Let’s not be too hard on the religious leaders of Jesus’ time, though. Do you have people around you saying things you do not want to hear? Are they trying to warn you of danger? Do they want to talk to you about your values and priorities? Are they concerned about the friends you are running with, the decisions you are making and the way you are behaving? Do they think you are not living up to your potential?
            Why do you not want to hear what they have to say? Of what are you afraid? Could you be living in denial? Are you being selfish or stubborn? Are you hiding something? Are you distracted?
            Why do you think they have not given up? Could it be that they love you too much to walk away and let you go? Do they love you more than you love yourself right now? 
            Could they be thinking back to a time in their life when someone did not give up on them? Maybe they have been where you are and want to help you like someone helped them.
            What do you think you are missing by not listening and talking? Like those who refused to listen to Jesus, could you be missing out on some meaningful dialogue about life and faith that could lead to substantial growth and maturity? Could you be overlooking the fact that there are people around you who deeply love and care for you and want to help you with your struggles?
            What do you think you should do? I wonder what Michael Jackson would tell us if he could speak? What would Mark Sanford, the Governor of South Carolina or Rick Pitino, the University of Louisville basketball coach, say to us? What would Jesus advise us to do?
 What did Jesus want the religious leaders to do? I believe he wanted them to do what Nicodemus did, put down their defenses and talk. He knew they were struggling with his fresh ideas and new ways of looking at faith, religion, life and relationships. He would put them at ease, though, if they would just come to the table. He would treat them with the same respect and dignity he did Nicodemus and the woman at the well.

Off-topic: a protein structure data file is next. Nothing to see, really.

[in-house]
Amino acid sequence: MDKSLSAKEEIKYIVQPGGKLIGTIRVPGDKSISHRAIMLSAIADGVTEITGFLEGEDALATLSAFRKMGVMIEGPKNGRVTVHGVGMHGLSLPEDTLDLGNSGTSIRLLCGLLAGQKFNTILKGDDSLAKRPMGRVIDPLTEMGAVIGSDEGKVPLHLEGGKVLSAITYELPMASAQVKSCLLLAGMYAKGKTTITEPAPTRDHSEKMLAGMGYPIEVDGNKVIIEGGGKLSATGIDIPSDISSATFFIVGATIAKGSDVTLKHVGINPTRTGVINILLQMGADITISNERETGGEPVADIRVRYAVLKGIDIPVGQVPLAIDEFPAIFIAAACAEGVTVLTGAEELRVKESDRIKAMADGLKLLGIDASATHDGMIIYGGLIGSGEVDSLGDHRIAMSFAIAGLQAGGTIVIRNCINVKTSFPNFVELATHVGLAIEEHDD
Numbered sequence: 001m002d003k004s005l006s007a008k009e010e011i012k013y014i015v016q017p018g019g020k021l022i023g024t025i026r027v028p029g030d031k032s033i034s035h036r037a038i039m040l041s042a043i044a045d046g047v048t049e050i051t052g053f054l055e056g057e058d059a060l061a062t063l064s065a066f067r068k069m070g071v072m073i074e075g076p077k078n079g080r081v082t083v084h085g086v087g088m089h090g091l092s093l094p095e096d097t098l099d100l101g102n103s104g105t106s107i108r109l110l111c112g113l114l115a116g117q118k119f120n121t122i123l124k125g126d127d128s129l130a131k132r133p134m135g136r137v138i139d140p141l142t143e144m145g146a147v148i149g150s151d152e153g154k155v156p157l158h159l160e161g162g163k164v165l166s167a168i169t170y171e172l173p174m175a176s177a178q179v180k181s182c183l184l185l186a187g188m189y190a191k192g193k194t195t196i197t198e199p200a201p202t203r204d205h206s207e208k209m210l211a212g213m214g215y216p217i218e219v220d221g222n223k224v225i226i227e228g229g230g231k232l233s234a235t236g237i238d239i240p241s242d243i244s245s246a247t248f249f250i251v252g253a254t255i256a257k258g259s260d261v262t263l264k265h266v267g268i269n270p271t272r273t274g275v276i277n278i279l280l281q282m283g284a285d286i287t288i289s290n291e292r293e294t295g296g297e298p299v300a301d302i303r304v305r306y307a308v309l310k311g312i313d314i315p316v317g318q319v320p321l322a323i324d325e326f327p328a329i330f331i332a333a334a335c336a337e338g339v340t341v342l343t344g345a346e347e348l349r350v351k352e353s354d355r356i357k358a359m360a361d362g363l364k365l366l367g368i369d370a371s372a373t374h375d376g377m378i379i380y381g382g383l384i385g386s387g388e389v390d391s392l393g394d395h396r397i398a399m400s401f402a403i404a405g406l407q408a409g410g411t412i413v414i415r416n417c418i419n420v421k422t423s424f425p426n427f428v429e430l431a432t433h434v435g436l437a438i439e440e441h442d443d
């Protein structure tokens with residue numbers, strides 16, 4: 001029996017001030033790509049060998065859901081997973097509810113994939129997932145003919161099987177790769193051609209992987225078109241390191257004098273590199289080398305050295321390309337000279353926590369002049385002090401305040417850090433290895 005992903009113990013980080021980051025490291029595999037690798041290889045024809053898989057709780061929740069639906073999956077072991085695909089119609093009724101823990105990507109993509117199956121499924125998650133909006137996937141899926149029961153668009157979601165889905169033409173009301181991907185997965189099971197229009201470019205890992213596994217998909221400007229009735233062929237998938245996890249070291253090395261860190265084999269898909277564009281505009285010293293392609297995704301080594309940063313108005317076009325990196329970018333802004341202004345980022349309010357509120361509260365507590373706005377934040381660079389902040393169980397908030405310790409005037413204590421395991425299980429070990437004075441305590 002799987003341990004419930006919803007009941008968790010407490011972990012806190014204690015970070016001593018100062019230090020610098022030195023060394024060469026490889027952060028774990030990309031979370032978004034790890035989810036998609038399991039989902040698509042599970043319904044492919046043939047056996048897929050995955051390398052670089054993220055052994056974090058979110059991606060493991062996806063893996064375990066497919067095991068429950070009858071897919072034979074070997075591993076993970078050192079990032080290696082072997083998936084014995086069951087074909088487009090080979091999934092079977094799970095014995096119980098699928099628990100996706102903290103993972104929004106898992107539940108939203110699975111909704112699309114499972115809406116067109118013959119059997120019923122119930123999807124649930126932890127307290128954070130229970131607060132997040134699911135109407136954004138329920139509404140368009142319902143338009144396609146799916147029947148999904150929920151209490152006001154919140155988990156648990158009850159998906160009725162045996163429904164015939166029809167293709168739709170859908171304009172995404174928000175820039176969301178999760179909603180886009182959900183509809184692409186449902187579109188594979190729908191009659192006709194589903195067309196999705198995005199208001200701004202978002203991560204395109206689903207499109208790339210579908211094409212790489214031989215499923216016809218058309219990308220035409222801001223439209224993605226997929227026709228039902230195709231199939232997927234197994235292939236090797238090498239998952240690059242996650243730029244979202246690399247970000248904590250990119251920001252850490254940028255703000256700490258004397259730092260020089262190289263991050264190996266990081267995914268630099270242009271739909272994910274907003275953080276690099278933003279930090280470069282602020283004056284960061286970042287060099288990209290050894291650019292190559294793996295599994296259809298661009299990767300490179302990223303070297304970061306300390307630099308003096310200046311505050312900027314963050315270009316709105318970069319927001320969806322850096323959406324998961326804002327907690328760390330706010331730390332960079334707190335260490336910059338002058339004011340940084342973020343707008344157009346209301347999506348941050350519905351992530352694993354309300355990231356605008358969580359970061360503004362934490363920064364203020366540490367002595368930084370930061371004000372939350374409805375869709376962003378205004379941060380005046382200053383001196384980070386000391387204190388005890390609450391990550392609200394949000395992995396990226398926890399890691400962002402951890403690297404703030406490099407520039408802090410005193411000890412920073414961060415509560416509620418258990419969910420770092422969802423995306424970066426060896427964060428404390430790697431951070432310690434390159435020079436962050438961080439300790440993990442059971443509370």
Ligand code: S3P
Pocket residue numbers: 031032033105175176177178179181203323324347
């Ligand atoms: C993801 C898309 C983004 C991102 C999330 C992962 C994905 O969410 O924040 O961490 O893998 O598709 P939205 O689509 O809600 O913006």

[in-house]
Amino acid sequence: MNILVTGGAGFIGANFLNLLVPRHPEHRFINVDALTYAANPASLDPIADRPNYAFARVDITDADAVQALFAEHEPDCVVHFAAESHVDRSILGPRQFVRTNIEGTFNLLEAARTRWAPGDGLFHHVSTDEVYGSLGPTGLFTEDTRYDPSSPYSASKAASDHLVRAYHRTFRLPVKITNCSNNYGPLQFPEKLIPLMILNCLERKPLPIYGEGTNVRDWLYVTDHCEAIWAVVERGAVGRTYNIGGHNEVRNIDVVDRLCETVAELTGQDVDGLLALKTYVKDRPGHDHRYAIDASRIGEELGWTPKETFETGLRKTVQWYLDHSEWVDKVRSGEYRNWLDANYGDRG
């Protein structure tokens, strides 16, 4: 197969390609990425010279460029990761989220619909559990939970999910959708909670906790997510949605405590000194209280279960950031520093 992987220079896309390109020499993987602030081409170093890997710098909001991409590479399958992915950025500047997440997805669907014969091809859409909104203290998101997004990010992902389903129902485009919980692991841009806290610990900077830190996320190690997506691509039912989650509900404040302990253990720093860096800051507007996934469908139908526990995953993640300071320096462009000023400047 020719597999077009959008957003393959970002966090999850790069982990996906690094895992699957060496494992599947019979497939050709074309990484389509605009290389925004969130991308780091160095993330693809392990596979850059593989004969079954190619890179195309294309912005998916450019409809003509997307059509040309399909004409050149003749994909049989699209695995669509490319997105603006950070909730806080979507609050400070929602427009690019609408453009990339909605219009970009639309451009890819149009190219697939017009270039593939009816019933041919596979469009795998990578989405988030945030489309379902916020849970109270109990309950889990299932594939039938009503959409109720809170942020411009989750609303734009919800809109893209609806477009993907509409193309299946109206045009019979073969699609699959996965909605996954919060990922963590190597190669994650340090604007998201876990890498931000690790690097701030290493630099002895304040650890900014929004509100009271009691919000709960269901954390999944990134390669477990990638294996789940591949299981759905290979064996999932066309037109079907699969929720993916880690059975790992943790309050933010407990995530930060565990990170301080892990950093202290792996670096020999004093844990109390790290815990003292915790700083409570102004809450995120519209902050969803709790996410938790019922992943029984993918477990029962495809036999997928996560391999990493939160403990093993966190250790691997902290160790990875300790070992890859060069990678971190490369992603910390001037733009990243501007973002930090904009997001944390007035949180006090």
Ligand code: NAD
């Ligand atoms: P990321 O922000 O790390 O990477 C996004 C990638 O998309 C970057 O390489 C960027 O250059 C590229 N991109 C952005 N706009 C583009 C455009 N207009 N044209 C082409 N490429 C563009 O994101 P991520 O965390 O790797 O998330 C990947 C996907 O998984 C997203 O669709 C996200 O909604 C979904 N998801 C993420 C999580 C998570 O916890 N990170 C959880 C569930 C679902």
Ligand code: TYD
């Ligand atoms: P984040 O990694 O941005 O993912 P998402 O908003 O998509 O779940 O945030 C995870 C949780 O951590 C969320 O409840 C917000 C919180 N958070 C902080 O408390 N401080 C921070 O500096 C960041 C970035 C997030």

How encouraging it would have been had the religious leaders sat down with Jesus and said, “What do you mean that you are the bread of life come down from heaven? What do you know about God, life and faith that we don’t? What is your concept of leadership? What do you think people need from us? How can we nourish their spirits and meet their needs the way you do? What motivates and inspires you? What is your source of wisdom, courage and strength?” What a difference these questions could have made.
            What difference would it make in your life if you talked to those who are reaching out to you? What would happen if you lowered your defenses and listened with an open mind? What if you suspended your understanding of truth long enough to see life from others’ perspectives, like Jesus encouraged Nicodemus to do? Are you willing to set aside pride, denial, selfishness, indifference or cynicism to respond to those who care enough to reach out to you?
            Why not begin by opening your heart to Jesus this morning. Talk to him about your struggle. Ask him for wisdom and guidance. Talk to him about how to overcome those things that keep you from listening to others. Make the words of this chorus your prayer today.
Open the eyes of my heart, Lord; open the eyes of my heart.
I want to see you. I want to see you.
 

When you see him, I think you will see and hear others differently.